Thursday, June 20, 2024

USC loses key OL Gino Quinones to season-ending injury

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Three weeks ago, Gino Quinones stood on USC’s practice field and declared himself a cheat code.

A bold statement, said with Quinones’ usual bashful smile, yet accurate on many levels – this was an offensive lineman with years of knowledge of defensive rotations, dating to his high school years in Hawaii playing on the defensive front. And after more years honing technique at USC while maintaining the hand-to-hand defensive combat he’d learned in high school, the redshirt senior has been a plug-and-play mainstay on the Trojans’ ever-shifting line this season, capable of handling either guard spot and filling in at center.

But USC has lost that cheat code for the year, as Coach Lincoln Riley told media Tuesday that Quinones – who buckled in the first quarter of Saturday’s victory over Nevada and was gingerly helped off the field – has suffered a season-ending lower leg injury.

“Hate it for him,” Riley said. “He’s really done an outstanding job to become part of our rotation.”

Quinones’ climb has been long and far from easy, a kid who calls himself his own biggest critic. After coming from Hawaii and switching units completely, he redshirted his freshman year and played sparingly his next two before earning a couple of spot starts in 2022.

“I knew offensive line was a whole different position, so, did I know it’d take some time?” Quinones said earlier in fall camp. “Yeah, of course. I needed to learn a lot of technique.”

Amid a unit that’s been competing since the spring, though, Quinones established himself as a “really key, valuable member,” as Riley said last week. It led to a triumphant and tearful moment in USC’s first game, when Quinones filled a starting guard spot with his family in the stands – whom he hadn’t seen in a year and a half, he said.

“I got a little emotional,” he told reporters last week, choking up and bowing his head.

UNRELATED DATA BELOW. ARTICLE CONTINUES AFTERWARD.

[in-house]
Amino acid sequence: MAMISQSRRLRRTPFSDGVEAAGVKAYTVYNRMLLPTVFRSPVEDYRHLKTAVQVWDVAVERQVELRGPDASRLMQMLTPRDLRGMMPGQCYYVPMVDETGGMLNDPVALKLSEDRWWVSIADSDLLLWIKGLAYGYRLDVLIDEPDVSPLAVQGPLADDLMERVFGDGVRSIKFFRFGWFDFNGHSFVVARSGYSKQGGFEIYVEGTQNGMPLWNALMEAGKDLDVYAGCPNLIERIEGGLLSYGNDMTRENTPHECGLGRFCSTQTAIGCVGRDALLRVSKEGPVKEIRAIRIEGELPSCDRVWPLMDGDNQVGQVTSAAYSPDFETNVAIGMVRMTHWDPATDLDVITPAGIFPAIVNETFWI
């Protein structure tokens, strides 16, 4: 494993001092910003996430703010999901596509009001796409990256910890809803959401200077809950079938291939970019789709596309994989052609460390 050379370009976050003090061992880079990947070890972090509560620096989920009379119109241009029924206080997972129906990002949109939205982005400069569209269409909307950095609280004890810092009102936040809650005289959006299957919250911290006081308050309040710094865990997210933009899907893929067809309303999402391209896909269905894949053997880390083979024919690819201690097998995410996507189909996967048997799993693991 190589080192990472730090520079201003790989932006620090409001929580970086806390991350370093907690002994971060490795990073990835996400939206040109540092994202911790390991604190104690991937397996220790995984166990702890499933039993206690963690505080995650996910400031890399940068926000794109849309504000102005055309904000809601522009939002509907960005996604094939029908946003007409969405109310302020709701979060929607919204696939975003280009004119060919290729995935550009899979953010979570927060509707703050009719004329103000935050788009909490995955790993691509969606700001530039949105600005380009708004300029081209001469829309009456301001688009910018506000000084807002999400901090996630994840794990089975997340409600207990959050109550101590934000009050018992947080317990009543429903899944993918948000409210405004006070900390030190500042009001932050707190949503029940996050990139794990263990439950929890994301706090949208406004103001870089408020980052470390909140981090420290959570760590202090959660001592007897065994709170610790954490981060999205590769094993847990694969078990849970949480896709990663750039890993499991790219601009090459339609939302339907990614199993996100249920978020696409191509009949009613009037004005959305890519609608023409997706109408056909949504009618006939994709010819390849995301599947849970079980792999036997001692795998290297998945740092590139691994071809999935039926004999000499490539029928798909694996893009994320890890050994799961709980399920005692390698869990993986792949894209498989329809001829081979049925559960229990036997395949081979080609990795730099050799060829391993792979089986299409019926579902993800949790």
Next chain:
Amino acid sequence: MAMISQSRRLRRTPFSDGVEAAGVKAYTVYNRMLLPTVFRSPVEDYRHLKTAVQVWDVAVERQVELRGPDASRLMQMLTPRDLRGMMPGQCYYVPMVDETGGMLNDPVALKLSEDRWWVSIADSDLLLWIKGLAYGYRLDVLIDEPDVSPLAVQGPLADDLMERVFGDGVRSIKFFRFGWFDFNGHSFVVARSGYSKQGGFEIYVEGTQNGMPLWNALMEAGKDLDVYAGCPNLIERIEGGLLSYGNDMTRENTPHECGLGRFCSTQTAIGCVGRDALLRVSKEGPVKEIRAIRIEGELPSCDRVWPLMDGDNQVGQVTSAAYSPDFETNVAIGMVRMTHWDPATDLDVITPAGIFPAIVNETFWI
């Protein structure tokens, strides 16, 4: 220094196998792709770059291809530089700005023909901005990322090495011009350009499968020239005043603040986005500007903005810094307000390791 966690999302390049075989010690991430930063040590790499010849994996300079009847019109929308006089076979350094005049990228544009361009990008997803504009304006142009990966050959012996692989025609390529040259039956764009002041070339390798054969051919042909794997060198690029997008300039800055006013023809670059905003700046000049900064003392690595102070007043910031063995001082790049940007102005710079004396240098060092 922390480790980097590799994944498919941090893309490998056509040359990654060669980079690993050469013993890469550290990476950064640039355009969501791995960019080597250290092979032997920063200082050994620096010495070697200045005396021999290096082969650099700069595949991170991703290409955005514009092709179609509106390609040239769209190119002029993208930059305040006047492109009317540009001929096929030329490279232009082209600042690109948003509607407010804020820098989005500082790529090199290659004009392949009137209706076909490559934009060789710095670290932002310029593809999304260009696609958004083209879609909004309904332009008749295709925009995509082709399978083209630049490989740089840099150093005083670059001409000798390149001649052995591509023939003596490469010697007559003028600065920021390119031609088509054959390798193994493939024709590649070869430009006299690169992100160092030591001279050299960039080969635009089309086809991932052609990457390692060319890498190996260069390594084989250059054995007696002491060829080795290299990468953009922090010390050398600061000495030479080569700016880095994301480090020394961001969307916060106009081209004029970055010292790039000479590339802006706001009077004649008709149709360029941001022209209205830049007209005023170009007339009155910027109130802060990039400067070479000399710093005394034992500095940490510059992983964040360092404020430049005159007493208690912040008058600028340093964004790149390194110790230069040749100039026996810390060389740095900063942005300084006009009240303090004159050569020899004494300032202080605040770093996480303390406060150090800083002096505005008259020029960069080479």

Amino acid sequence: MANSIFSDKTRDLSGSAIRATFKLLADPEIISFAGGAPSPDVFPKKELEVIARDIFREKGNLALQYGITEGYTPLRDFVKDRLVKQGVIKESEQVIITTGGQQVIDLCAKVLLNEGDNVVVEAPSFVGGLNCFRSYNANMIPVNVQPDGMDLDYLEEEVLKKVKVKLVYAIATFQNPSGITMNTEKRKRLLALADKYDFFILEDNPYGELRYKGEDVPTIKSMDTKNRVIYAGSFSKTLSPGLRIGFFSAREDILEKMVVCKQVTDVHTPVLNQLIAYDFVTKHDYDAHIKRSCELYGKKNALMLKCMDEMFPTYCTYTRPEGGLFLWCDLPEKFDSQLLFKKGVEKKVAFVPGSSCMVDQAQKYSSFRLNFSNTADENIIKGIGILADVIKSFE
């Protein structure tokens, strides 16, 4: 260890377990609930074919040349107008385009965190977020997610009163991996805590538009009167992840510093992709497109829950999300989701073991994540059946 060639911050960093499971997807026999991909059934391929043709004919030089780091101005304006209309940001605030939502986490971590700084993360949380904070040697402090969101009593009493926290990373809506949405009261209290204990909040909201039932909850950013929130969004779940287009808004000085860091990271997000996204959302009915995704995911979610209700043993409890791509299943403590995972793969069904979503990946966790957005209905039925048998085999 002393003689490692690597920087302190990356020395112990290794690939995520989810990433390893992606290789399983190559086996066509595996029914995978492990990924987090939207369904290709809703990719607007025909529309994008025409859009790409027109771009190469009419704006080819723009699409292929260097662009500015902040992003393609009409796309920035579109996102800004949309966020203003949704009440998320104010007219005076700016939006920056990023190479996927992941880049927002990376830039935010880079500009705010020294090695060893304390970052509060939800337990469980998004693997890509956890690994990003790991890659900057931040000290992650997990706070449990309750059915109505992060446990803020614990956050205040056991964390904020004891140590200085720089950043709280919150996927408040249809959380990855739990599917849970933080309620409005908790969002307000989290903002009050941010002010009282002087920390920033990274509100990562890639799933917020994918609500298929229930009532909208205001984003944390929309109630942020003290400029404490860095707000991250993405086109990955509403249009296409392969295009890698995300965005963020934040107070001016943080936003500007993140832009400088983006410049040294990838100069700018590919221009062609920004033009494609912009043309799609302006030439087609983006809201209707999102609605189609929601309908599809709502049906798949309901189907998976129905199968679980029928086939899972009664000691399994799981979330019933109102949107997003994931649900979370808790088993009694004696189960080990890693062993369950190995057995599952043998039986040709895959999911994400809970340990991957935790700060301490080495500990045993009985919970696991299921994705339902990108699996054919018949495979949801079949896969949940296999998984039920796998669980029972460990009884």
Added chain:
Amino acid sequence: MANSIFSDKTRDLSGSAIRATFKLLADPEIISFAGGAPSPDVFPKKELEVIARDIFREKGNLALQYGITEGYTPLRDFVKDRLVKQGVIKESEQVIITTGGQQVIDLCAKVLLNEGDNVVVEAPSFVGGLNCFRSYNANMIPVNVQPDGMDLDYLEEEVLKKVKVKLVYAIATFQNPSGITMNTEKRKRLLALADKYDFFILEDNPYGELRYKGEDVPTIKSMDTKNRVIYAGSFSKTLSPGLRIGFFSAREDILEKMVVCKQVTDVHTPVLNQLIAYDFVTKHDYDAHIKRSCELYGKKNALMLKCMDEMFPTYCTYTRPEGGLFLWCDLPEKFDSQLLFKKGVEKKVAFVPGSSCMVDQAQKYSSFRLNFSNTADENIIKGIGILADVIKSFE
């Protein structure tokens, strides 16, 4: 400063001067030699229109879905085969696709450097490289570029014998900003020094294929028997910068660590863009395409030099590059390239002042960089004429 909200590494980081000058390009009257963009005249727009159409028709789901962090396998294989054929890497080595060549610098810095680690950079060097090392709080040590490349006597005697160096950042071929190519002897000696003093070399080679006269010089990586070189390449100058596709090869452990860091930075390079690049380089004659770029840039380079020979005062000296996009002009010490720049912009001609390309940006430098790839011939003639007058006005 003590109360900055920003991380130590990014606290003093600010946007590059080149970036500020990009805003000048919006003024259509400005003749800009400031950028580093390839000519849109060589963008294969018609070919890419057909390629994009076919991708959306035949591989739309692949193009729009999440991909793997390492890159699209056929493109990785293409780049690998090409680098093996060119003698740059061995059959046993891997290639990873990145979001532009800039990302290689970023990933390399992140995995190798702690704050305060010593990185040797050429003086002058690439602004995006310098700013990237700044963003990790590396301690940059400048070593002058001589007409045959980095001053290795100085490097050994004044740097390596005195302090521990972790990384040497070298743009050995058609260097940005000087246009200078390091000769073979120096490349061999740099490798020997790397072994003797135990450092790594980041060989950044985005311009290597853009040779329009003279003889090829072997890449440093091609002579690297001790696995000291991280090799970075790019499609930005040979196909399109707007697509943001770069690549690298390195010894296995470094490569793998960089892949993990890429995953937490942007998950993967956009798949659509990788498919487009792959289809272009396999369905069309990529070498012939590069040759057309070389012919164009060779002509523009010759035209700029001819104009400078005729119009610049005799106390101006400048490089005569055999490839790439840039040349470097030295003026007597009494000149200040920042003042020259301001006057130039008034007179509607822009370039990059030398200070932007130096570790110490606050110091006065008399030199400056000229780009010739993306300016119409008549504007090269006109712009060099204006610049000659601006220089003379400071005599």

With Tuesday’s news, he’ll have to claw his way back up again.

“I think he’ll be a big part of the future, the offensive line,” Riley said.


Quinones has been far and away the Trojans’ highest-graded guard through two games, according to Pro Football Focus’ player-rating system. Emmanuel Pregnon and Jarrett Kingston – who both started at guard for USC against Nevada – and freshman Alani Noa have all graded out as largely inconsistent, with Noa especially struggling in pass-block situations.

As USC’s offensive line carousel begins to slow, Kingston will likely be entrenched as the starter at right guard, while Pregnon has shown enough that he probably deserves the opportunity to start at left guard. Noa is the X-factor here, a young talent who has drawn more buzz than anyone on the line this fall but made some “freshman-kinda mistakes” against Nevada, as offensive line coach Josh Henson put it.

“Puts more opportunities on the shoulders of Kingston and Pregnon and Alani, and some of those guys inside that need to step up … we suspect that they will,” Riley said Tuesday.

Notably, Quinones’ injury also robs the Trojans of a fill-in center, leaving sophomore Killian O’Connor – who hasn’t played a snap at USC – as the only backup behind captain Justin Dedich.

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